You don’t want to be that person. You know that person, they’re the same type of people who ask the teacher if they want the class to turn in the homework that the teacher forgot about… at the end of class. Okay, so it’s a little different but the message we’re trying to get across here is simple when it comes to the trails of the Treasure Valley: “Don’t ruin it for the rest of us.”

After getting a little bit of rain last night coupled with rising temperatures, trail enthusiasts may notice muddy trails and be tempted to “tough it out”, continuing on. Don’t do this.

According to the local organization Ridge to Rivers, using the trails in wet or muddy conditions leave the trails “highly susceptible to damage”. From footprints to tire tracks and paw prints, all of these factors play a role in making the trails dangerous later on when it dries. In addition to the potential permanent damage that can be left due to erosion, you’re putting other trail enthusiasts at risk of injury. Imagine a biker hitting a pothole and getting sent flying off their bike on the side of the foothills… that’s not a good time. I can’t tell you how clumsy I am already just from tripping over rocks (and my own feet), but if I were to try and hike a trail ridden with damage, I would just kiss my ankles goodbye.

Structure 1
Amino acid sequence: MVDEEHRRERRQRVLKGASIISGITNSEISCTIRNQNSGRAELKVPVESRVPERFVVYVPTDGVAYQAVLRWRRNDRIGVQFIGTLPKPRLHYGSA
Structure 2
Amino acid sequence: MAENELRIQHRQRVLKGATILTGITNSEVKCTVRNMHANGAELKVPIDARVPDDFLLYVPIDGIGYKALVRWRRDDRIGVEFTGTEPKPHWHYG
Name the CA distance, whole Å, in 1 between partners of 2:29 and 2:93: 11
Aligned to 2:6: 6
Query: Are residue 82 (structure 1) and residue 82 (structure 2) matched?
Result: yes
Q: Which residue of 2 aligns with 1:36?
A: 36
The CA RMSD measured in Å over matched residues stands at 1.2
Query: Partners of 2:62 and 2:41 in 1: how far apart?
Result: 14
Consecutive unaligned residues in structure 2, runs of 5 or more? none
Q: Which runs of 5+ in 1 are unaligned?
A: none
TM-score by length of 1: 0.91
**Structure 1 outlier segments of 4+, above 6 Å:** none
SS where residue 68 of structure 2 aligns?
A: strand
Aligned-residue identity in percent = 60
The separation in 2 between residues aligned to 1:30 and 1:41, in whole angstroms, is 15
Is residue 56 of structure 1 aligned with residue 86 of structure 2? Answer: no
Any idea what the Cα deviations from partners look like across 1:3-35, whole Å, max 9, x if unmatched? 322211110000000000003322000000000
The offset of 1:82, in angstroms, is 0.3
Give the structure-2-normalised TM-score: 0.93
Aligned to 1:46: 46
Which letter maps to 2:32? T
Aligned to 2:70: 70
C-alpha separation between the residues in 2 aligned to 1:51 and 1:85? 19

Ridge to Rivers is an organization in Boise consisting of a staff who are considered “experts in their field” according to their website. They have a variety of ways for people to volunteer and help preserve trails in the Treasure Valley including an “Adopt a Trail” program.

The organization offers various updates on their site about trail conditions for people curious as to whether or not they should use the trails in the area. They also have a variety of tips that you can check out here so you know you’re doing your part to preserve the trails in the Treasure Valley.

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